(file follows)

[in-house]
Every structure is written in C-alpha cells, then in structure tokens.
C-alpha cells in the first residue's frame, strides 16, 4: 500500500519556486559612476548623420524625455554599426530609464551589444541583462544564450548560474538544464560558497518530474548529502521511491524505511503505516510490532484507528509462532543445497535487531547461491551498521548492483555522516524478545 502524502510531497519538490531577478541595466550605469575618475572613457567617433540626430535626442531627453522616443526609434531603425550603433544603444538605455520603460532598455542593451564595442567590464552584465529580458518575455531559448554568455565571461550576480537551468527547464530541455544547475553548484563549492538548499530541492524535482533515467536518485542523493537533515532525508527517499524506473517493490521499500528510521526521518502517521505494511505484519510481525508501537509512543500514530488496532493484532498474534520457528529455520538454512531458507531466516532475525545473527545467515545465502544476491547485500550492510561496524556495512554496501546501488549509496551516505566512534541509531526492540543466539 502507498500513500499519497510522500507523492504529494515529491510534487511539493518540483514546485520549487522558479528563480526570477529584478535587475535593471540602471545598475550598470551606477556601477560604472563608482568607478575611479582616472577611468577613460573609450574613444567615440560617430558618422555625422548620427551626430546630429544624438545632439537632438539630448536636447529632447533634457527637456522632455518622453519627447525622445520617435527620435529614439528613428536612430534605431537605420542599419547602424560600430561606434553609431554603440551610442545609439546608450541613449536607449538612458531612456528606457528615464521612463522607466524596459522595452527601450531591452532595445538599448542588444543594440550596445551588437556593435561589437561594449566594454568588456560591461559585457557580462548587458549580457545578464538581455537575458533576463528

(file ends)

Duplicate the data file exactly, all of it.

[in-house]
Every structure is written in C-alpha cells, then in structure tokens.
C-alpha cells in the first residue's frame, strides 16, 4: 500500500519556486559612476548623420524625455554599426530609464551589444541583462544564450548560474538544464560558497518530474548529502521511491524505511503505516510490532484507528509462532543445497535487531547461491551498521548492483555522516524478545 502524502510531497519538490531577478541595466550605469575618475572613457567617433540626430535626442531627453522616443526609434531603425550603433544603444538605455520603460532598455542593451564595442567590464552584465529580458518575455531559448554568455565571461550576480537551468527547464530541455544547475553548484563549492538548499530541492524535482533515467536518485542523493537533515532525508527517499524506473517493490521499500528510521526521518502517521505494511505484519510481525508501537509512543500514530488496532493484532498474534520457528529455520538454512531458507531466516532475525545473527545467515545465502544476491547485500550492510561496524556495512554496501546501488549509496551516505566512534541509531526492540543466539 502507498500513500499519497510522500507523492504529494515529491510534487511539493518540483514546485520549487522558479528563480526570477529584478535587475535593471540602471545598475550598470551606477556601477560604472563608482568607478575611479582616472577611468577613460573609450574613444567615440560617430558618422555625422548620427551626430546630429544624438545632439537632438539630448536636447529632447533634457527637456522632455518622453519627447525622445520617435527620435529614439528613428536612430534605431537605420542599419547602424560600430561606434553609431554603440551610442545609439546608450541613449536607449538612458531612456528606457528615464521612463522607466524596459522595452527601450531591452532595445538599448542588444543594440550596445551588437556593435561589437561594449566594454568588456560591461559585457557580462548587458549580457545578464538581455537575458533576463528